new horizons photography

new horizons photography

new horizons photography


new horizons photography –  One of my favourite organisations – NASA – just made public some incredibly beautiful images of the very distant dwarf planet Pluto. The New Horizons mission that launched some 9 years ago will continue further out into the very edges of our solar system.

Professor Stephen Hawking congratulated NASA on the success of the mission.  “Billions of miles from earth, this little robotic spacecraft will show us the first glimpse of mysterious Pluto, the distant icy world on the edge of our solar system, The revelations of New Horizons may help us to understand better how our solar system was formed. I hope that Pluto will help us on that journey. I will be watching closely, and I hope you will, too.”

Below an overview of the New Horizons mission – NASA

Voyage to an Unexplored Planet and a New Realm.  The New Horizons mission will help us understand worlds at the edge of our solar system by making the first reconnaissance of the dwarf planet Pluto and by venturing deeper into the distant, mysterious Kuiper Belt – a relic of solar system formation.

The Journey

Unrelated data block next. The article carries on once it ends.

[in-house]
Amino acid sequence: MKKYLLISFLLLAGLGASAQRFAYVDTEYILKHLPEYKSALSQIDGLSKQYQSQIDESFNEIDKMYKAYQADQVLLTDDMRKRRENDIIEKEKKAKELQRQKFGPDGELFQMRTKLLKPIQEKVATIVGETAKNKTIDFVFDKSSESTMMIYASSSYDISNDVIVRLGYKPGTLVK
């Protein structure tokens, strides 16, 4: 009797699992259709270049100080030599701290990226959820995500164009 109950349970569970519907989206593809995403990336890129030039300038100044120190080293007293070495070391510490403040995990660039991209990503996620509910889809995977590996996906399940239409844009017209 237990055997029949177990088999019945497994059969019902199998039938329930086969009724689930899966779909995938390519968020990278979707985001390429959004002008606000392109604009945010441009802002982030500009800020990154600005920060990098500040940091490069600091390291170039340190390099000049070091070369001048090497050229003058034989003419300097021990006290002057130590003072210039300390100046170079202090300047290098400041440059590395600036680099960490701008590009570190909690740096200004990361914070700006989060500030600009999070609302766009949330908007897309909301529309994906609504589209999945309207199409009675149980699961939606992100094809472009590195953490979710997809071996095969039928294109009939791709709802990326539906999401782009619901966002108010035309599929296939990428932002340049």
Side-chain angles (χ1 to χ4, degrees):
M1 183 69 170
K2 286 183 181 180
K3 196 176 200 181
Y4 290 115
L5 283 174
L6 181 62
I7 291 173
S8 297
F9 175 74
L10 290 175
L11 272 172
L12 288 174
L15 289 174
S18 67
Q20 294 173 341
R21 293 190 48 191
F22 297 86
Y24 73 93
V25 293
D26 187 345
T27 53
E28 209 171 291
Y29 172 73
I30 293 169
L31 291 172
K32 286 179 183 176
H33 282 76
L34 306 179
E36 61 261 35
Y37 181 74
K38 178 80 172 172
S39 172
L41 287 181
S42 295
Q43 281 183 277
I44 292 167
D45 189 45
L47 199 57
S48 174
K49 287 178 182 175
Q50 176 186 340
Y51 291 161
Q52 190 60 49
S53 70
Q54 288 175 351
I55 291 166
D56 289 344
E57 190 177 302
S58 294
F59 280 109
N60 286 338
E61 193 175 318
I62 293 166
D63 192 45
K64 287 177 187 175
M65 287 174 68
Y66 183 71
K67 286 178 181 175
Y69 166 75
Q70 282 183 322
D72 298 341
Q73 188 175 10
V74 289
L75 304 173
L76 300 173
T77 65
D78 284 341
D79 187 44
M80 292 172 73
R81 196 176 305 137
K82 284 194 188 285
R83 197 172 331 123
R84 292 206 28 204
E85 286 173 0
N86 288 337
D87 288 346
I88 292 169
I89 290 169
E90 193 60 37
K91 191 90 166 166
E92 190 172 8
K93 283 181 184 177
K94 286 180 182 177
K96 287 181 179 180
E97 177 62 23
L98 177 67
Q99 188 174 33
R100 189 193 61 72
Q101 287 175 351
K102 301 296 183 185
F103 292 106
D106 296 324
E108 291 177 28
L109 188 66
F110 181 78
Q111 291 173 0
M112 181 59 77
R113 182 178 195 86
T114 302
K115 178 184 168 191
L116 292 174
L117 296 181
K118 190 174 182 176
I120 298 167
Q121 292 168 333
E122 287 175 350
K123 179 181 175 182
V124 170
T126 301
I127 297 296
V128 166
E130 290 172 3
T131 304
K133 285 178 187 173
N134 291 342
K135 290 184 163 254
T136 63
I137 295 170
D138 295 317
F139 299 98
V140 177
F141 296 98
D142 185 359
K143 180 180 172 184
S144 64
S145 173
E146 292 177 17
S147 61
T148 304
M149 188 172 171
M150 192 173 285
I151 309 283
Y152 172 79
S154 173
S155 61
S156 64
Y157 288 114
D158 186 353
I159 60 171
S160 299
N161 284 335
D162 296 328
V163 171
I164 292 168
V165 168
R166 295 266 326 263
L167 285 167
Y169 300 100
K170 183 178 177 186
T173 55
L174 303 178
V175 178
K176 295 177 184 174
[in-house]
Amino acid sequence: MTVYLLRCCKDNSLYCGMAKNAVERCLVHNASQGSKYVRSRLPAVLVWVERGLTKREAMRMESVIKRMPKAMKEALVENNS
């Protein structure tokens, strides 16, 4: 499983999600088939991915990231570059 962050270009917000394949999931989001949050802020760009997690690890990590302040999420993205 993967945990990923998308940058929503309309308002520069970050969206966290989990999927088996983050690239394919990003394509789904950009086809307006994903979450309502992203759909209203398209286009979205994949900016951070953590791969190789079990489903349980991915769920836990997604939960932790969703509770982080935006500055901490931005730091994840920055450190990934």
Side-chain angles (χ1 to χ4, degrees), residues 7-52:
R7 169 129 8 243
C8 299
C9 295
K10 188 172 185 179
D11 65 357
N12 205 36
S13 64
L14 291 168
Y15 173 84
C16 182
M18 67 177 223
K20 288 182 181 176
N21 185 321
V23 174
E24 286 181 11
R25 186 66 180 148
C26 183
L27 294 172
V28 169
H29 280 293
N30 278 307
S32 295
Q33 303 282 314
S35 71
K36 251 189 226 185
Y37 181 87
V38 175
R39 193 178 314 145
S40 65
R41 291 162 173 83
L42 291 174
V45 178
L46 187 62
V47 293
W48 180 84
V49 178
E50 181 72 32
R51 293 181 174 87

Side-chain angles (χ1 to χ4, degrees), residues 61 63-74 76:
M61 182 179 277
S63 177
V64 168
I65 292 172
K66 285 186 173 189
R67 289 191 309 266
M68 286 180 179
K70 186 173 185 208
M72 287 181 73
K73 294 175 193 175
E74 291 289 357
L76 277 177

New Horizons launched on Jan. 19, 2006; it swung past Jupiter for a gravity boost and scientific studies in February 2007, and will conduct a five-month-long reconnaissance flyby study of Pluto and its moons in summer 2015. Pluto closest approach is scheduled for July 14, 2015. As part of an extended mission, the spacecraft is expected to head farther into the Kuiper Belt to examine one or two of the ancient, icy mini-worlds in that vast region, at least a billion miles beyond Neptune’s orbit.  Sending a spacecraft on this long journey will help us answer basic questions about the surface properties, geology, interior makeup and atmospheres on these bodies.

New Science

The National Academy of Sciences has ranked the exploration of the Kuiper Belt – including Pluto – of the highest priority for solar system exploration. Generally, New Horizons seeks to understand where Pluto and its moons “fit in” with the other objects in the solar system, such as the inner rocky planets (Earth, Mars, Venus and Mercury) and the outer gas giants (Jupiter, Saturn, Uranus and Neptune).  Pluto and its largest moon, Charon, belong to a third category known as “ice dwarfs.” They have solid surfaces but, unlike the terrestrial planets, a significant portion of their mass is icy material.  Using Hubble Space Telescope images, New Horizons team members have discovered four previously unknown moons of Pluto: Nix, Hydra, Styx and Kerberos.  A close-up look at these worlds from a spacecraft promises to tell an incredible story about the origins and outskirts of our solar system. New Horizons also will explore – for the first time – how ice dwarf planets like Pluto and Kuiper Belt bodies have evolved over time.

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